Errata: C. S. Giscombe’s name was erroneously printed on the back cover of the Winter 2012 issue as “G. S. Giscombe.” We apologize for this error; please note the correct spelling.
This issue was labeled on the spine as “Fall 2012.” It is indeed the Winter 2012 issue.
About the Cover
Our cover design by John Pickard features a New York photograph by André Kertész, titled “Washington Square, Winter 1954.”
Throughout his life, Kertész quietly influenced the development of photographic composition and the photo essay.
He was born in Budapest, Hungary, on July 2, 1894, then moved to Paris in 1925 to pursue magazine photography.
His unconventional approach to camera angles was not appreciated until he joined with other immigrant artists and the Dada movement to gain wider critical success. Because of German persecution and the threat of World War II, Kertész decided to immigrate to the United States in 1936. He worked at House & Garden magazine for many years. By 1962, he left the commercial magazine business to pursue his own art. At the time of his death in 1985, Kertész’s work was honored by artists, collected by major museums and galleries, and studied by scholars who recognize his many contributions to the art of photography.
© Estate of André Kertész/Higher Pictures.
Special thanks to the International Center for Photography for their assistance.
Ah, the first issue of a volume year. One of those mile posts that possesses little intrinsic meaning — and other than a new series of our celebrated cover photographs, there’s not much in this issue to suggest significant change. No special topic. No fresh development in our design or conception.
And yet, as I glance at the table of contents for Winter 2012, I’m reminded of one of the never-ending challenges of editing The Kenyon Review: maintaining the many different kinds of balance we try always to strike. Unlike some other magazines, for example, we offer quite a mix of genres, obviously fiction and poetry, literary nonfiction (I really do prefer essay, but I’ve lost that battle), some criticism and reviews, the occasional short piece of drama or interview. Balance.
I also notice less in the way of international writing and literature in translation here than we usually seek. There are, I promise, outstanding examples of both in our upcoming Spring 2012 issue. In defense I’ll plead that these are among the most difficult submissions to acquire. Successful translation, after all, requires two meaningful works of art — the original, which must merit the long labors of the translator, as well as a reader’s later attention, and the new piece, the translation itself, which will be related to but also greatly separate from the original text. It must take on a beauty, power, life of its own.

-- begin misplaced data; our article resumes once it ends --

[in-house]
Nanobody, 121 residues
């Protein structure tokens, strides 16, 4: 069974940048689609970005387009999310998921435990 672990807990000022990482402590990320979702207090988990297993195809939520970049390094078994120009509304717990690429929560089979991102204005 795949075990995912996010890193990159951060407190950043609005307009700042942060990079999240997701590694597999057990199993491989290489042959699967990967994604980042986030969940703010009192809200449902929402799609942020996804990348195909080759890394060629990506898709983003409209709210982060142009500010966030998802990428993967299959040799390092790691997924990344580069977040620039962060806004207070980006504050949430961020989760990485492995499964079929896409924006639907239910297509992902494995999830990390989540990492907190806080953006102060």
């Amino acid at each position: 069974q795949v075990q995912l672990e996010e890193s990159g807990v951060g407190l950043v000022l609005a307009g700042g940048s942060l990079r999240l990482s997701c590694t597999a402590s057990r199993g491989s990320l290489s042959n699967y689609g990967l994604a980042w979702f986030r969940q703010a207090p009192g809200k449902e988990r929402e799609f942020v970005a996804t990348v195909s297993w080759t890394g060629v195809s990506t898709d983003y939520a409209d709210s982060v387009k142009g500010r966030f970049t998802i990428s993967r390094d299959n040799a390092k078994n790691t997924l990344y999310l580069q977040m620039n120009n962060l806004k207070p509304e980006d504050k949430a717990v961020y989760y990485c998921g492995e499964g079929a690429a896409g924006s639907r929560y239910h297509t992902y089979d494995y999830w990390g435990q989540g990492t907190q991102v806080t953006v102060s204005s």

We also try very hard not to reflect any particular literary fashion or theoretical stance, what used to be called a “school” of writing. In reading submissions I typically am working about a year out from actual publication, which allows us to fiddle with several issues at once, seeking variety, seeking balance. So different forms of verse may appear in any given issue, some formal, some free, some hybrid. Likewise, I’ll try to represent different styles of fiction as well. And in the effort to escape the limits of one person’s tastes or predilections, my colleagues will not infrequently say to me something such as, “You won’t like this, but it’s great in what it does and we should publish it.” Not infrequently, I’ll agree.
What really set me musing on balance as I gazed at the TOC, however, goes to the very heart of KR’s mission as I understand it. And that is our publishing both the great, highly distinguished authors of our moment — the Roger Rosenblatts and Marilyn Hackers, the Charles Wrights and David St. Johns, T. R. Hummers, Mark Strands,(I’m leaving out others and, oh, I regret it!) — alongside stunning new talents — the Kellie Wellses and Joanna Klinks and Randall Manns of the world.
Maintaining this balance is harder than you may think. It means saying no, sometimes, to friends, wonderful writers, who may have sent a piece that isn’t quite at the top of their game. And it means reading thousands and thousands of unsolicited submissions, looking always for the hidden gem, publishing largely unknown writers and developing relationships with them, some of them, that will stretch across years and even decades until they are the great and distinguished names.
Perhaps a first step on that trajectory may come with the KR Short Fiction Contest. We are proud to publish here the winning, very fine story from 2011, “Chiasmus,” by Fan Li, as well as the two runners-up, by Anna Kovatcheva and Nichols Ford Malick. I am also glad to announce, for the sake of fairness as well as balance, that when the 2012 Short Fiction Contest opens in February, there will be no age limitation. Anyone who has not published a full book of fiction will be welcome to enter.
— D. H. L.